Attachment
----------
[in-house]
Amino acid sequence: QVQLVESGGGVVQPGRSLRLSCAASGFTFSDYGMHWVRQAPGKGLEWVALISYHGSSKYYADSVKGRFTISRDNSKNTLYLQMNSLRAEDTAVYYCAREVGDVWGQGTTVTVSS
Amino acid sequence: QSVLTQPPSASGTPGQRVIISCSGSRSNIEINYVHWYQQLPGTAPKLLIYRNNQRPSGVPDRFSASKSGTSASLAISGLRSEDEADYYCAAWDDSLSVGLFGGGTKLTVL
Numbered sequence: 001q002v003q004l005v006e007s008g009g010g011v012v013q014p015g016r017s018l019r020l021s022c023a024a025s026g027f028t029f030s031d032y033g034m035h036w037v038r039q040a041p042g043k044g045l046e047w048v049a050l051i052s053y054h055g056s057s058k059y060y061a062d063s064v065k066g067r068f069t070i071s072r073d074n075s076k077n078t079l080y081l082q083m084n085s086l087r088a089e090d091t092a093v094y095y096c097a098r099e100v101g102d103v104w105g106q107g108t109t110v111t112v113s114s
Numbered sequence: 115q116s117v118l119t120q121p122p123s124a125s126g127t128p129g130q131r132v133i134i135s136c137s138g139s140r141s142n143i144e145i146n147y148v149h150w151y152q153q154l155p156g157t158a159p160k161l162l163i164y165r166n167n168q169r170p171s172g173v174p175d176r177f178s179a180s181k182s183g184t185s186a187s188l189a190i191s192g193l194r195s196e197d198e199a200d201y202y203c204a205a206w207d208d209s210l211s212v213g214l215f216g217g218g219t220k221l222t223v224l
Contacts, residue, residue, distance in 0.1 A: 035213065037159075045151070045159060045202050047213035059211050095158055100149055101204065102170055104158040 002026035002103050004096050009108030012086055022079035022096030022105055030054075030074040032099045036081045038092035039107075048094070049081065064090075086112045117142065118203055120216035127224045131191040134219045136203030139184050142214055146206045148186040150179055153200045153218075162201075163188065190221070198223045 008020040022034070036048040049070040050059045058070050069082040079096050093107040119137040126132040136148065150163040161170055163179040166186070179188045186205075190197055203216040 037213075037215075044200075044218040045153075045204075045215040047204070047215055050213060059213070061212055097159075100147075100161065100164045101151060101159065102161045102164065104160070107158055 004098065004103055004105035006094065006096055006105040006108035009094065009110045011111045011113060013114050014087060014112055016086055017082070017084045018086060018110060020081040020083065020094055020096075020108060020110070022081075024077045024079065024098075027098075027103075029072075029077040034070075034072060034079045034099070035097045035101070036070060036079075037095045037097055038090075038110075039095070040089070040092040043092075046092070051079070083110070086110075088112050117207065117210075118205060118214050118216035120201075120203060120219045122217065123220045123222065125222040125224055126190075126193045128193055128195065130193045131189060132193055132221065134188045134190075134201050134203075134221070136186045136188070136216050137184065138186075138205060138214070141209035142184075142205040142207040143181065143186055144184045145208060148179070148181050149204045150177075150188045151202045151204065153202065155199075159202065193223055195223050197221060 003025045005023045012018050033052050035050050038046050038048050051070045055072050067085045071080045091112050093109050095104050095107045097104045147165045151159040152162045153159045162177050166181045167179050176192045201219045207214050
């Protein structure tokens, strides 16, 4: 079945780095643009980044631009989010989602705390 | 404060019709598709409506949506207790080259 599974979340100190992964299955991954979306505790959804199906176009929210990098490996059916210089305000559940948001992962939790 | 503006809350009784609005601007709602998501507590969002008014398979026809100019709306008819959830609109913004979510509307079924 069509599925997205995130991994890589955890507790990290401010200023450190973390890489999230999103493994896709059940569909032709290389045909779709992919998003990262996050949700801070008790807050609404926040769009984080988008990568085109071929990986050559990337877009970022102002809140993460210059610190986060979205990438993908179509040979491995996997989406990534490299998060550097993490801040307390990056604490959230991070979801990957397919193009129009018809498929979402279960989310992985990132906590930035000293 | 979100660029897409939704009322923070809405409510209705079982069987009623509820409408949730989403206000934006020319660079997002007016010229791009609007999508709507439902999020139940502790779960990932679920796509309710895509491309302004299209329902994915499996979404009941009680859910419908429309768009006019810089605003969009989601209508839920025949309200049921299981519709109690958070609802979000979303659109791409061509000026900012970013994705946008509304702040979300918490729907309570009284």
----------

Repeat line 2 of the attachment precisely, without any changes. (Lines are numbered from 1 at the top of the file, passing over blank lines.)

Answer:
Amino acid sequence: QVQLVESGGGVVQPGRSLRLSCAASGFTFSDYGMHWVRQAPGKGLEWVALISYHGSSKYYADSVKGRFTISRDNSKNTLYLQMNSLRAEDTAVYYCAREVGDVWGQGTTVTVSS